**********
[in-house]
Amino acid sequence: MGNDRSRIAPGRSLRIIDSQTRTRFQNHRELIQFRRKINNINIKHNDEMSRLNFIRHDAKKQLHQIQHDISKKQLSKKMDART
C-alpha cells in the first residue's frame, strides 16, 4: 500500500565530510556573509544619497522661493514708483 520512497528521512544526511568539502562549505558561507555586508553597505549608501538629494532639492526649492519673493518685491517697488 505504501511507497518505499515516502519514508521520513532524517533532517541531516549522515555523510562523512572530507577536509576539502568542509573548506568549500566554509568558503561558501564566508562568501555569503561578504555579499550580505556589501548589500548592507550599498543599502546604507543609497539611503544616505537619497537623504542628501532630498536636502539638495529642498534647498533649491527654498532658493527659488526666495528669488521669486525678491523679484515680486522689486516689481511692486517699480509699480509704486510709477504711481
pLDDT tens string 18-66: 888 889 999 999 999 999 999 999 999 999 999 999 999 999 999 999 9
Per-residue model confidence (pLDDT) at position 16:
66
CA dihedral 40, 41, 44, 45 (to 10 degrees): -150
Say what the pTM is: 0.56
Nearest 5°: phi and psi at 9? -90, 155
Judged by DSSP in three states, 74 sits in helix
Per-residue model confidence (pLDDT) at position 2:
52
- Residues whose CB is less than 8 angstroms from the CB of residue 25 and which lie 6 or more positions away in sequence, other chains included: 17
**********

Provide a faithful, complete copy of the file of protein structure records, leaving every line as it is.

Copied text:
[in-house]
Amino acid sequence: MGNDRSRIAPGRSLRIIDSQTRTRFQNHRELIQFRRKINNINIKHNDEMSRLNFIRHDAKKQLHQIQHDISKKQLSKKMDART
C-alpha cells in the first residue's frame, strides 16, 4: 500500500565530510556573509544619497522661493514708483 520512497528521512544526511568539502562549505558561507555586508553597505549608501538629494532639492526649492519673493518685491517697488 505504501511507497518505499515516502519514508521520513532524517533532517541531516549522515555523510562523512572530507577536509576539502568542509573548506568549500566554509568558503561558501564566508562568501555569503561578504555579499550580505556589501548589500548592507550599498543599502546604507543609497539611503544616505537619497537623504542628501532630498536636502539638495529642498534647498533649491527654498532658493527659488526666495528669488521669486525678491523679484515680486522689486516689481511692486517699480509699480509704486510709477504711481
pLDDT tens string 18-66: 888 889 999 999 999 999 999 999 999 999 999 999 999 999 999 999 9
Per-residue model confidence (pLDDT) at position 16:
66
CA dihedral 40, 41, 44, 45 (to 10 degrees): -150
Say what the pTM is: 0.56
Nearest 5°: phi and psi at 9? -90, 155
Judged by DSSP in three states, 74 sits in helix
Per-residue model confidence (pLDDT) at position 2:
52
- Residues whose CB is less than 8 angstroms from the CB of residue 25 and which lie 6 or more positions away in sequence, other chains included: 17